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U.S. News

Washington AIDS Advisory Council Urges Gov. to Assist HIV-Positive Dual Eligibles With New Drug Co-Payments

September 2, 2004

The Washington state Governor's Advisory Council on HIV/AIDS on Tuesday adopted a report to send to Gov. Gary Locke (D) urging him to take steps to help HIV-positive individuals who are dually eligible for Medicaid and Medicare pay for the cost of new drug co-payments, the Seattle Post-Intelligencer reports. Currently, dual eligibles -- some of whom are the "sickest and poorest" patients statewide, including HIV-positive people, low-income seniors and people with disabilities such as multiple sclerosis or cerebral palsy -- are exempt from prescription drug co-payments. However, under the new law known as the Medicaid Modernization Act, dual eligibles by 2006 will be required to sign up for Medicare prescription drug benefits and pay between $1 and $5 per prescription or relinquish drug coverage completely, according to the Post-Intelligencer. The council's report urges the governor to lobby the federal government to use federal funds to cover the cost of co-pays for dual eligibles. However, the report says that if the federal government will not cover the costs, the state has a "moral obligation" to offset the cost of co-pays for dual eligibles, according to the Post-Intelligencer.

Possible Ramifications of New Plan
State Medicaid Director Doug Porter said that "national studies have shown that patients over age 65 are on an average of 26 medications over a year ... [a]nd disabled individuals on Medicaid can be on 17 to 20 drugs at a time." Tim Hillard, a council member and author of the council report, said, "We think co-pays will lead to people stretching their prescriptions or going without." Hillard added that skipping doses of medications is "especially dangerous" among HIV-positive people, not only for the patients themselves but also for public health reasons because inconsistent adherence to a drug regimen can lead to the development of drug-resistant HIV strains, according to the Post-Intelligencer. A spokesperson for Locke said that the governor had not yet seen the council's report and could not comment on it, the Post-Intelligencer reports. Approximately 120,000 Washington residents -- 11% of the Medicaid population in the state -- are dually eligible for Medicaid and Medicare; however, that 11% represents 48% of the state's prescription drug costs, according to Jim Stevenson, spokesperson for the state Department of Social and Health Services (Smith, Seattle Post-Intelligencer, 9/1).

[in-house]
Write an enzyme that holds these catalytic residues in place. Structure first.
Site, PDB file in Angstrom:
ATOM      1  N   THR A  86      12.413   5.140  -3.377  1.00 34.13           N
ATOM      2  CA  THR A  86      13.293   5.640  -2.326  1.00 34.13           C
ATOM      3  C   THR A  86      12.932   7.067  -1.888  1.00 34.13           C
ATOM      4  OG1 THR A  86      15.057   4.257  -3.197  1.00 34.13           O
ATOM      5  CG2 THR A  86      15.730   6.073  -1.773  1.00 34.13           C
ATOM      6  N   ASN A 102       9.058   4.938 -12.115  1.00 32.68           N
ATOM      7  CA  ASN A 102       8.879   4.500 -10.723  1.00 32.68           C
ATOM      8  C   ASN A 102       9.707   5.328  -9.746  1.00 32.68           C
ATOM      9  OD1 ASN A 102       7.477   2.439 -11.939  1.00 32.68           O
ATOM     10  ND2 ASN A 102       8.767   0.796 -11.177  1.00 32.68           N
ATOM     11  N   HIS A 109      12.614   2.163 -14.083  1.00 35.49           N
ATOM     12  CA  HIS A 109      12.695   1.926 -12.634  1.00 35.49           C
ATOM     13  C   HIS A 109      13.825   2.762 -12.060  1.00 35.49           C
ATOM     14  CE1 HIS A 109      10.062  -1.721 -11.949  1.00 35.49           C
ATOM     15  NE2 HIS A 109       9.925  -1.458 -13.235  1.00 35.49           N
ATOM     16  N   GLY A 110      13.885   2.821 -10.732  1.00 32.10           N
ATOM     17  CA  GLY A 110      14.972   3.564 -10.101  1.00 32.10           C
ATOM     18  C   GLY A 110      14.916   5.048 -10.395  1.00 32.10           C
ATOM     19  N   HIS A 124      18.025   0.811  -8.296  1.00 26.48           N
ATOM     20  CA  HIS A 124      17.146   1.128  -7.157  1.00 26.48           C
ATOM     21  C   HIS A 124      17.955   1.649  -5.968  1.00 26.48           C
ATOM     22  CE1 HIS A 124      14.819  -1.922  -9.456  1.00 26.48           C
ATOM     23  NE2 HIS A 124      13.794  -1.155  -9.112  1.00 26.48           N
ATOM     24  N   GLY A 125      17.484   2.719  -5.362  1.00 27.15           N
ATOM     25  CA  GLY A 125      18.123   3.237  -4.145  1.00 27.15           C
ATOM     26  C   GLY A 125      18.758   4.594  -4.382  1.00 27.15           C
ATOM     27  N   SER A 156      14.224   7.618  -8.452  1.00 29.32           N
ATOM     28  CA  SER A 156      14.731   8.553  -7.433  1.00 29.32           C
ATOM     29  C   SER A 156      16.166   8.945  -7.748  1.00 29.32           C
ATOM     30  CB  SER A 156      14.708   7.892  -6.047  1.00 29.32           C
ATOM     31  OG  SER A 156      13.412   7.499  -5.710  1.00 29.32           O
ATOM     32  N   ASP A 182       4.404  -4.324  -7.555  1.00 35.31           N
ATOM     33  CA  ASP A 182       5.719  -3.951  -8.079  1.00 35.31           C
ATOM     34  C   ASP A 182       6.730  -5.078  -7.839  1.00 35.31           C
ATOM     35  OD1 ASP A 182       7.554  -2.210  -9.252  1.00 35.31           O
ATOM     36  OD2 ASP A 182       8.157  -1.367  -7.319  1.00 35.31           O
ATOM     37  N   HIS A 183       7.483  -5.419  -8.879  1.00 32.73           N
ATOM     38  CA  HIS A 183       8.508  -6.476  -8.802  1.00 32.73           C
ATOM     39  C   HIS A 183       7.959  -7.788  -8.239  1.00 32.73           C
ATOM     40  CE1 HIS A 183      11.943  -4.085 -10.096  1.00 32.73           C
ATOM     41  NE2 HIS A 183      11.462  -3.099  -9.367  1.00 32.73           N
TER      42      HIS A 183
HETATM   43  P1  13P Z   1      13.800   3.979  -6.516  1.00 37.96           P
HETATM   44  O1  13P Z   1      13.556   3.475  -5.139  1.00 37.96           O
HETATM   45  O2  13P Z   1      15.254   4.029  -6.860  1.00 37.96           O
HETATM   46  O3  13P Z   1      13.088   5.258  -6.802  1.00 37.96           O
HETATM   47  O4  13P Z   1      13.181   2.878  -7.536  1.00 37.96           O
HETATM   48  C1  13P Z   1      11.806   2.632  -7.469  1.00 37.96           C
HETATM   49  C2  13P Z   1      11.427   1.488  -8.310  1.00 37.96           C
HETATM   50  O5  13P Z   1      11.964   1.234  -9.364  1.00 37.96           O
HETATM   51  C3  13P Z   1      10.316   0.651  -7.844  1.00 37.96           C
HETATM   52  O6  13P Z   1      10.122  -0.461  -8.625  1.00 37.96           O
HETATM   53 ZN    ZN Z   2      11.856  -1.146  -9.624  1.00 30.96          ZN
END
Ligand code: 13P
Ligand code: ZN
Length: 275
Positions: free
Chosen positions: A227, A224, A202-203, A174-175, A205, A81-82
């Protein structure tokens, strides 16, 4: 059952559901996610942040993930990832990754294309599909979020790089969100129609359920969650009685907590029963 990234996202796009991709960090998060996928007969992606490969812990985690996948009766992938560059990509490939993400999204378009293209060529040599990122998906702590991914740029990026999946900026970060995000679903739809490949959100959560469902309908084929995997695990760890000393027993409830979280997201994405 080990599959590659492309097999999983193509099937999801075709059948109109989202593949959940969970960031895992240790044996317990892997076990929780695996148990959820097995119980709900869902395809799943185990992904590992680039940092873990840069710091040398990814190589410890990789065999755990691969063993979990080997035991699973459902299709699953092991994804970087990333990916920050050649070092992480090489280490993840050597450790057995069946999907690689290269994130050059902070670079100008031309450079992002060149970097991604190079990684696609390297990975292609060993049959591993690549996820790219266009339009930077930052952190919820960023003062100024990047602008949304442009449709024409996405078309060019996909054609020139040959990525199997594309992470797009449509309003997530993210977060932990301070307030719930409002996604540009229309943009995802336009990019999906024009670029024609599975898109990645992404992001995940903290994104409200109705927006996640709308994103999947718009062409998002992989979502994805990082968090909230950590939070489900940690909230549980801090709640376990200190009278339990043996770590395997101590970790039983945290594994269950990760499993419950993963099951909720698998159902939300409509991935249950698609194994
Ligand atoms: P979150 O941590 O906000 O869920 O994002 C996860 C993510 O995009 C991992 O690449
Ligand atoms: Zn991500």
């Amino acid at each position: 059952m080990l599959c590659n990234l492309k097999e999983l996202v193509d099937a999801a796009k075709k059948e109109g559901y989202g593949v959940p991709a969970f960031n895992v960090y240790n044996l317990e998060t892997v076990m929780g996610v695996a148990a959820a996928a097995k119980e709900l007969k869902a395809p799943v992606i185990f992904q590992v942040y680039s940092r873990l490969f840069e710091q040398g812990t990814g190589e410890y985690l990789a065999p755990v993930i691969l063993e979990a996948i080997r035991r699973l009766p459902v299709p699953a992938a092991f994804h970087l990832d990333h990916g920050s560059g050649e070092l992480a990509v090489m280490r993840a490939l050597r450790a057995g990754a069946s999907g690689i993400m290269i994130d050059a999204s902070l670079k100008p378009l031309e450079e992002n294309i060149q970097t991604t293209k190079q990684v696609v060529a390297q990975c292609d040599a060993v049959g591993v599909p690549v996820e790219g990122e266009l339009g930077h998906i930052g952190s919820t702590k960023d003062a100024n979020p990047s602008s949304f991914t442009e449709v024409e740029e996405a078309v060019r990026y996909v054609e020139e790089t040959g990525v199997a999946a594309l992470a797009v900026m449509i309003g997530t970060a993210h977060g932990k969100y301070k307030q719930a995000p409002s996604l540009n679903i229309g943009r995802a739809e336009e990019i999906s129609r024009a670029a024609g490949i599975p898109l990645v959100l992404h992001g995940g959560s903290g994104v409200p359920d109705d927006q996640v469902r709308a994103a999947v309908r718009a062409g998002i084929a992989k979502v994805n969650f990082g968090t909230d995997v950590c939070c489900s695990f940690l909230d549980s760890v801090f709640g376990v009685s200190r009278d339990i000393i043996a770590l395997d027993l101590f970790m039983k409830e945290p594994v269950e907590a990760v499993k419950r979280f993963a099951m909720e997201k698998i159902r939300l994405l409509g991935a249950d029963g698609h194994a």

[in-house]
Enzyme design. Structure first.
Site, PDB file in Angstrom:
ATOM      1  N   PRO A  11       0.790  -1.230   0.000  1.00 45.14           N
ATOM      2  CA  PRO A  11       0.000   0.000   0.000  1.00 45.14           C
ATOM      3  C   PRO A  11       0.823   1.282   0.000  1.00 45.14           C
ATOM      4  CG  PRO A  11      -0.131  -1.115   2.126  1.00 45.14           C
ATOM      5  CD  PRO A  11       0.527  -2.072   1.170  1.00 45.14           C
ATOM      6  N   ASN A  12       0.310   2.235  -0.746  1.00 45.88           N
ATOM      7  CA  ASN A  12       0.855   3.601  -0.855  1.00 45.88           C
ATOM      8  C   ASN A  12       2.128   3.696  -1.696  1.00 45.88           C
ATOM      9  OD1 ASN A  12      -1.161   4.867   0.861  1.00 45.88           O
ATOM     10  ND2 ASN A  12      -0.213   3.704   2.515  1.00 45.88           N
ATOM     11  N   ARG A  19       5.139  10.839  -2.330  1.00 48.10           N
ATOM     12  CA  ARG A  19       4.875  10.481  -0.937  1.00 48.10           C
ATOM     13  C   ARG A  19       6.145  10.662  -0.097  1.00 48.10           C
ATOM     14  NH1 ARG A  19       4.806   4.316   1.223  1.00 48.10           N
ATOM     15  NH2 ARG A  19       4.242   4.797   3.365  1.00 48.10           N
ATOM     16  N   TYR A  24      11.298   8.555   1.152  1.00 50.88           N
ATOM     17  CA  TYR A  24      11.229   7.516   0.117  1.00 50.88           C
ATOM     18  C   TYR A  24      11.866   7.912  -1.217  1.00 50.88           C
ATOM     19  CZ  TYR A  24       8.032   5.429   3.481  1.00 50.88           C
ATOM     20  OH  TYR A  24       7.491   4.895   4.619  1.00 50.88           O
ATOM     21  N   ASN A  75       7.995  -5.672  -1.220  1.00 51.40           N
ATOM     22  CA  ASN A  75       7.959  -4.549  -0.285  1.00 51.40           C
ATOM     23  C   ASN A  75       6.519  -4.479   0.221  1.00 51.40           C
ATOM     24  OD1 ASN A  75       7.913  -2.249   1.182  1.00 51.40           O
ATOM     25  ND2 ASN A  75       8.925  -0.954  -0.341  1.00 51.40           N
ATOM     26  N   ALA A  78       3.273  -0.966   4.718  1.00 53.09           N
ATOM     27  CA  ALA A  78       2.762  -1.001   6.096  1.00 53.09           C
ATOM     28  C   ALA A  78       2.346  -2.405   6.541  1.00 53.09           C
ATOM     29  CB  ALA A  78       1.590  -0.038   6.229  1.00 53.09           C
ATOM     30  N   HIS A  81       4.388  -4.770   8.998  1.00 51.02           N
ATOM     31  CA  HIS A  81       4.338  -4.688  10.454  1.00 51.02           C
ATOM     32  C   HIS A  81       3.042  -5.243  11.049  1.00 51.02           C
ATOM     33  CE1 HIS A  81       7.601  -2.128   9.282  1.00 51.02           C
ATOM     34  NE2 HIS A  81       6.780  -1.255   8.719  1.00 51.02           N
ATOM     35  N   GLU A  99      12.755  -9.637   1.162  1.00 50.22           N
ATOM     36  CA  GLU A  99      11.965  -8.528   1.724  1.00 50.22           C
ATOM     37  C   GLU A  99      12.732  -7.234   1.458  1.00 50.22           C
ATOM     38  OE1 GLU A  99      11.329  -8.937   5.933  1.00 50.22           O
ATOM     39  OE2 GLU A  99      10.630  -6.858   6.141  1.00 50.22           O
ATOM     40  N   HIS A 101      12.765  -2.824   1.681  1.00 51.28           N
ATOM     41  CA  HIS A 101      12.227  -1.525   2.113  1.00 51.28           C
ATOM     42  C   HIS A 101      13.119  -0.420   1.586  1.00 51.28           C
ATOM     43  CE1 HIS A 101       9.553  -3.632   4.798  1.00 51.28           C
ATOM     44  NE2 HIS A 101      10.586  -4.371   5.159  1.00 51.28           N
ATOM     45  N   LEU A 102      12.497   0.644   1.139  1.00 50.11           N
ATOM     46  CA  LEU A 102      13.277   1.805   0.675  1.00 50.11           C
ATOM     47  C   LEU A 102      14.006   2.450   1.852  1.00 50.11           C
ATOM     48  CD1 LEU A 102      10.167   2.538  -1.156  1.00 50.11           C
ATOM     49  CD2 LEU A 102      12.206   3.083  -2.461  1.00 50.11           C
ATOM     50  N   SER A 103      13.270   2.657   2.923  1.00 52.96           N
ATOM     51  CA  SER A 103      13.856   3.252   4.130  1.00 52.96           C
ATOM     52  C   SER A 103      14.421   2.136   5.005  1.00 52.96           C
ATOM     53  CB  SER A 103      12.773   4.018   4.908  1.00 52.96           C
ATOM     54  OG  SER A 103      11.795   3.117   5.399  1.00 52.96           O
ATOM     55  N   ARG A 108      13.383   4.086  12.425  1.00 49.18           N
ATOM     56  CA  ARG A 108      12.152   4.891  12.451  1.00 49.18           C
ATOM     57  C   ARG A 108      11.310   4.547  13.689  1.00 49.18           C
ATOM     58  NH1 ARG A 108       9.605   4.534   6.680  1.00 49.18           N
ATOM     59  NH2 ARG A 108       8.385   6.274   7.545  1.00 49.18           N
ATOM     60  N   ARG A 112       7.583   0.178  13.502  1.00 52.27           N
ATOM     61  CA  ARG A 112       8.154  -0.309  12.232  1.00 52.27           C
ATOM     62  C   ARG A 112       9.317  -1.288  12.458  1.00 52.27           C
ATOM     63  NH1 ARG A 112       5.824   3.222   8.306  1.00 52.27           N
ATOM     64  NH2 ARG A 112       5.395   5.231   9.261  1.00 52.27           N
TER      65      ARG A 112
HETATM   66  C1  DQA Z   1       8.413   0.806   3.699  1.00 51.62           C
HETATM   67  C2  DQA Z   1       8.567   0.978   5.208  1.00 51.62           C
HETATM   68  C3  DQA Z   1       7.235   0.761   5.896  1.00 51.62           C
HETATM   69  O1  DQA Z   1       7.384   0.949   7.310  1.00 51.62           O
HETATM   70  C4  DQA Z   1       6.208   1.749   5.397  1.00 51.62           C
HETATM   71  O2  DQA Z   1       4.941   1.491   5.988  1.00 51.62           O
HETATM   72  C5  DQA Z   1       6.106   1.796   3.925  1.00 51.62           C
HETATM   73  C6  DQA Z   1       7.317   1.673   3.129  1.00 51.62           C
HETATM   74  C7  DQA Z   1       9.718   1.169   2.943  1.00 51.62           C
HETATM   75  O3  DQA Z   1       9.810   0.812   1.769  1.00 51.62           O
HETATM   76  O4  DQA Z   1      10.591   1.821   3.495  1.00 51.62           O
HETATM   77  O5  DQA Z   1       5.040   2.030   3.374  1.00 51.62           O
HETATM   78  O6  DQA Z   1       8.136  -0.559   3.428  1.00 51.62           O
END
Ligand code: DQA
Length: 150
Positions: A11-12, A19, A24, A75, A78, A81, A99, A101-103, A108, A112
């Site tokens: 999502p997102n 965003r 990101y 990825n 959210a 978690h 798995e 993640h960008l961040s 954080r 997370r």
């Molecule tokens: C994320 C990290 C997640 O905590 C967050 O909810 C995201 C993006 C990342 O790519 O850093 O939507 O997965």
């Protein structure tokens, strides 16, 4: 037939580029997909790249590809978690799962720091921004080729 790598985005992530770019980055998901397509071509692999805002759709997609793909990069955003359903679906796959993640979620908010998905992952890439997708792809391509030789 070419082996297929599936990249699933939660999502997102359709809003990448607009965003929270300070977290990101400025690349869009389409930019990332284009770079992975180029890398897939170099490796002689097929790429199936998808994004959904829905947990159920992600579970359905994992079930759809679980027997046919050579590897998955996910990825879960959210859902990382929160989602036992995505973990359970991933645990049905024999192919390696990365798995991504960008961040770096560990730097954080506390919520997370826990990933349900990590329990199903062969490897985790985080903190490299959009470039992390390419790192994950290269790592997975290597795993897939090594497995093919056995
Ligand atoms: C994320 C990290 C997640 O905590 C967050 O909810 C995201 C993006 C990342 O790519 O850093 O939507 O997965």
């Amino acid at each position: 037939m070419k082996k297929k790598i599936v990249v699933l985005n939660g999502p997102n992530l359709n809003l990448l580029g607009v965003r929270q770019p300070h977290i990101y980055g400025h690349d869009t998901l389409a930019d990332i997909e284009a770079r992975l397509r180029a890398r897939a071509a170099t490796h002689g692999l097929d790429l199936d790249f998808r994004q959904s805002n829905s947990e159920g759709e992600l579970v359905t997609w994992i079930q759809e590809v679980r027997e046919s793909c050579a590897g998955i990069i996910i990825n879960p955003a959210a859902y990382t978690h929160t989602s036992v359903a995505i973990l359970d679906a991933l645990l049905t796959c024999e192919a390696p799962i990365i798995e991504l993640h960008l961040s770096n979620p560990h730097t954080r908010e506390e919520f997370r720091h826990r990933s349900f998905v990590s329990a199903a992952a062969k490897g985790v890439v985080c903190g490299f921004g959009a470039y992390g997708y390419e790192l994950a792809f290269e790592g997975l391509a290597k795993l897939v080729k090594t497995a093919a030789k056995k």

Back to other news for September 2, 2004


Reprinted with permission from kaisernetwork.org. You can view the entire Kaiser Daily HIV/AIDS Report, search the archives, or sign up for email delivery at www.kaisernetwork.org/dailyreports/hiv. The Kaiser Daily HIV/AIDS Report is published for kaisernetwork.org, a free service of the Kaiser Family Foundation, by The Advisory Board Company. © 2004 by The Advisory Board Company and Kaiser Family Foundation. All rights reserved.



  
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This article was provided by Henry J. Kaiser Family Foundation. It is a part of the publication Kaiser Daily HIV/AIDS Report. Visit the Kaiser Family Foundation's website to find out more about their activities, publications and services.
 
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